Turkey’s Culture Ministry denies claims of botched restorations of ancient mosaics
ANKARA - Anadolu AgencyThe Culture and Tourism Ministry has refuted claims that the restoration of ancient mosaics in the southern city of Hatay has seriously damaged the works, saying the photos published in the press were taken during the initial phase of the restoration.
“It has been determined that no damage has been inflicted on the mosaics. The photos used in the media were taken during the initial phase of the conservation,” read a part of the written statement issued by the ministry on May 6.
The scandal erupted after local mosaic craftsman Mehmet Daşkapan brought the issue to the attention of a local newspaper in Antakya, a district of Hatay, where the alleged damaged mosaics are being held in the Hatay Archaeology Museum, the world’s second largest mosaic museum.
“Valuable pieces from the Roman period have been ruined. They have become caricatures of their former selves. Some are in an especially poor condition and have lost their originality and value,” Daşkapan had said.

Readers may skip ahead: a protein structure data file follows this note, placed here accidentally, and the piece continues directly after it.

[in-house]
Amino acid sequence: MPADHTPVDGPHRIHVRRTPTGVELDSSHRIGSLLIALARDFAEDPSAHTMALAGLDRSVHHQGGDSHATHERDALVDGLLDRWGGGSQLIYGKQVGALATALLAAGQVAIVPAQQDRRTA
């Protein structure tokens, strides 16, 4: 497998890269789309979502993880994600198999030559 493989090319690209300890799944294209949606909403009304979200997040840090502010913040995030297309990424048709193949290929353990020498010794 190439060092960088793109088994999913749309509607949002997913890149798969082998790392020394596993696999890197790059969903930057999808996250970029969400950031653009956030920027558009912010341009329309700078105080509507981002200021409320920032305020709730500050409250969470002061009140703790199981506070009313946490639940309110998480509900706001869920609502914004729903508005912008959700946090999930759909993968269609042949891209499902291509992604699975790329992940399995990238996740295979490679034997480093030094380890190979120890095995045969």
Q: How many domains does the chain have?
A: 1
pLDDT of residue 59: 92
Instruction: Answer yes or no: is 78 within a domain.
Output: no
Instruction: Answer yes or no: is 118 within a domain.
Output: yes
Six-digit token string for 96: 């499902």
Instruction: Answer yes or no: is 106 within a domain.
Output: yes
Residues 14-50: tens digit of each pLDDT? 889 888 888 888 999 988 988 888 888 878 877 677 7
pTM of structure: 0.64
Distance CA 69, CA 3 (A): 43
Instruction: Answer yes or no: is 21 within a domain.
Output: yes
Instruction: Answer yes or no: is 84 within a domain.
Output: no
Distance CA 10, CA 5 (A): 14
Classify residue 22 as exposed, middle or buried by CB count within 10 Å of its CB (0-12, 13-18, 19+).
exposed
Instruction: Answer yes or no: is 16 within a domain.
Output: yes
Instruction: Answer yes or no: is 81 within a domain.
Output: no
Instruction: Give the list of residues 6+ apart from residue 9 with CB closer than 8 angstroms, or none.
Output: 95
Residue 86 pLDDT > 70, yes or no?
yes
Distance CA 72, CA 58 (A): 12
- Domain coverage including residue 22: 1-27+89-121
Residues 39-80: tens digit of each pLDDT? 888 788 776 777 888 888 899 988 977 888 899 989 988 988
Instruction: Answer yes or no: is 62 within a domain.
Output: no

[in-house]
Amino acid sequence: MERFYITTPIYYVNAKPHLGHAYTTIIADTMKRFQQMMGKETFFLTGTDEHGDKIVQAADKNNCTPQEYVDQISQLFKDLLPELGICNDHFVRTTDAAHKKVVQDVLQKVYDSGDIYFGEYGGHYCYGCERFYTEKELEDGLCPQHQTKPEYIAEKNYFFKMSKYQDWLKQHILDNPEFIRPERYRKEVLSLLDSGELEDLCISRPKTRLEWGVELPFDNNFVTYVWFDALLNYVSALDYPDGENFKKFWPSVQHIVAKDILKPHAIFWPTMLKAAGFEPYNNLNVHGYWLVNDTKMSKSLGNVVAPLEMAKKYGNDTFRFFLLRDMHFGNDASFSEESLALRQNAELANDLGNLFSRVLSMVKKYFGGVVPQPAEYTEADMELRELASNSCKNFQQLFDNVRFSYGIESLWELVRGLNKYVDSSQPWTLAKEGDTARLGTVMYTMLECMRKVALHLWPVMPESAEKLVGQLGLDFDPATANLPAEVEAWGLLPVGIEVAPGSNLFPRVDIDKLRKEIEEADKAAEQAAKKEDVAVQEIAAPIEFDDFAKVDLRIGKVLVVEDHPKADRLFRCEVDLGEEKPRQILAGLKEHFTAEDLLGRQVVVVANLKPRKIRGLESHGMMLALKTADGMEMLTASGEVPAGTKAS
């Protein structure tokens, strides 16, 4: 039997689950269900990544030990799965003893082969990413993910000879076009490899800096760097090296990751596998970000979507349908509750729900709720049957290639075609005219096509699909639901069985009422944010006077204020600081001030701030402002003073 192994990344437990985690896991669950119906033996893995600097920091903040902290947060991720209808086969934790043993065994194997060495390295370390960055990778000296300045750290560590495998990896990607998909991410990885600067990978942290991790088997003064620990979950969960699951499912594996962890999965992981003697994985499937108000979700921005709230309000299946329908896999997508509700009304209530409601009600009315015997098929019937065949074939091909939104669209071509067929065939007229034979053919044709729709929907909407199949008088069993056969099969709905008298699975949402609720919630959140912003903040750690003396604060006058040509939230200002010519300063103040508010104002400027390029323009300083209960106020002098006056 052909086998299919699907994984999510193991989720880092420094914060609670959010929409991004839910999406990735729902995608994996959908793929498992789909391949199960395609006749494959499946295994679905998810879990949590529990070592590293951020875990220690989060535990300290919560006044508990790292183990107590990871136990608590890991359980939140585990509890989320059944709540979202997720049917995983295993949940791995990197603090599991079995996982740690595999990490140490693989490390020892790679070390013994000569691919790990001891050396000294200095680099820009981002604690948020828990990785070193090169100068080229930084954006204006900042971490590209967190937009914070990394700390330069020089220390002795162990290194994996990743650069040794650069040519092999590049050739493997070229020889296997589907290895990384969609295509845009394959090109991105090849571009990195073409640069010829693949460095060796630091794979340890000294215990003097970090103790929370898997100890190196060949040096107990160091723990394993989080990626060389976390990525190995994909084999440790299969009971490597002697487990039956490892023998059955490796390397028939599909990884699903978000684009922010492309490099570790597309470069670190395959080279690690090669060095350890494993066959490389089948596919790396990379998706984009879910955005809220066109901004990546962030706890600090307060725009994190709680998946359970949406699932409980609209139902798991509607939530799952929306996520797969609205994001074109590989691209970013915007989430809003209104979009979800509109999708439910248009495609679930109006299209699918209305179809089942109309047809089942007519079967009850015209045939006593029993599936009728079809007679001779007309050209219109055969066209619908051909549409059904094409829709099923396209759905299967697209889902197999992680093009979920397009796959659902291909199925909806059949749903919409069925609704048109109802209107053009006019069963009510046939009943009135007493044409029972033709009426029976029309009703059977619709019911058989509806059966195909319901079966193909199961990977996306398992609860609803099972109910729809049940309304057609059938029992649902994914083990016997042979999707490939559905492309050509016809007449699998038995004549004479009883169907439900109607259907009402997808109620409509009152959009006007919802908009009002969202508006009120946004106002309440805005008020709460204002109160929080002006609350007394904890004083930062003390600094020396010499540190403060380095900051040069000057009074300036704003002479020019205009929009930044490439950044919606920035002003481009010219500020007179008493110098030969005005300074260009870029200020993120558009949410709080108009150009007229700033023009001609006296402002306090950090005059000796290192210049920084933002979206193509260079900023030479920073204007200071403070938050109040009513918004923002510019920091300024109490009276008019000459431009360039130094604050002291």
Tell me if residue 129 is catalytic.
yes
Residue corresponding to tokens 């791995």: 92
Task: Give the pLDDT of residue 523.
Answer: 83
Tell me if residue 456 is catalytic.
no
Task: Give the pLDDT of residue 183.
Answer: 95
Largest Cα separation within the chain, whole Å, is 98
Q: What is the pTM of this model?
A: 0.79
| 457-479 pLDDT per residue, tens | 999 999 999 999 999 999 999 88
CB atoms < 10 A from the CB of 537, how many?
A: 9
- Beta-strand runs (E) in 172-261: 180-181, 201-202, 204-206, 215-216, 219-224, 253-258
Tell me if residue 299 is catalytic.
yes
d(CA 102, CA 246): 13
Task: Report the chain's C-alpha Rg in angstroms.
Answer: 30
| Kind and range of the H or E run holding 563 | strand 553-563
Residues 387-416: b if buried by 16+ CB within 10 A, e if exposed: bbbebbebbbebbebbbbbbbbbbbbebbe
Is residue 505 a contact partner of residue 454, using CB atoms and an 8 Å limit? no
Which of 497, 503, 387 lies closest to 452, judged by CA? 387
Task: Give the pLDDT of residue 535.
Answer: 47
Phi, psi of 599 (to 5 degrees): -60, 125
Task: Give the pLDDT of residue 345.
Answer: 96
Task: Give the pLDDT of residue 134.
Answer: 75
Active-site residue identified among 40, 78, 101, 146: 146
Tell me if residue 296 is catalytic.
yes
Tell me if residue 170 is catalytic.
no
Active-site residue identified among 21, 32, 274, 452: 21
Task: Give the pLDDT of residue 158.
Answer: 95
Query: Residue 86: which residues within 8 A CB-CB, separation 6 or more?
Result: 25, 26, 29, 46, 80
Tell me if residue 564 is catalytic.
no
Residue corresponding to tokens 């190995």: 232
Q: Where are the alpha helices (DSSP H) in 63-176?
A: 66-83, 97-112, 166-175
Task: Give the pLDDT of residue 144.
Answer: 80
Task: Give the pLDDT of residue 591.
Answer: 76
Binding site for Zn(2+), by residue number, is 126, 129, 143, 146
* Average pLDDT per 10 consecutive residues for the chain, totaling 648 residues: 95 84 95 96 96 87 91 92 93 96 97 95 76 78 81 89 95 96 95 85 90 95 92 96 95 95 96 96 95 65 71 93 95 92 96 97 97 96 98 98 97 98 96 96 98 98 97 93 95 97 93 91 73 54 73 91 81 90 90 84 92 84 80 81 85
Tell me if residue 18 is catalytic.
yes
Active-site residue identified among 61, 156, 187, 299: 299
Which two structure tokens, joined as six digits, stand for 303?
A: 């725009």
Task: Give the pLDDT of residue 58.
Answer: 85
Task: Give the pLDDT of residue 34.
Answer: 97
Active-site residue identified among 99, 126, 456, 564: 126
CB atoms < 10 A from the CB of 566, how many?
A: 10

Among the supposedly damaged mosaics were said to be world-famous panels including a mosaic depicting the sacrifice of Isaac and a mosaic of Narcissus.
The Culture Ministry statement said photos from the initial phases of the conservation were “maliciously” given to the press.
“It seems that there is a difference in the colors [of the mosaics] in the old and new photos, but when the procedures are finished the mosaics will gain their old color back,” it said.
Speaking to state-run Anadolu Agency, Culture and Tourism Minister Ömer Çelik repeated the answer issued by the ministry, also adding that the museum was never closed to visitors as had been claimed in some reports.
“Our ministry shows the utmost sensitivity to the preservation of cultural assets,” Çelik emphasized.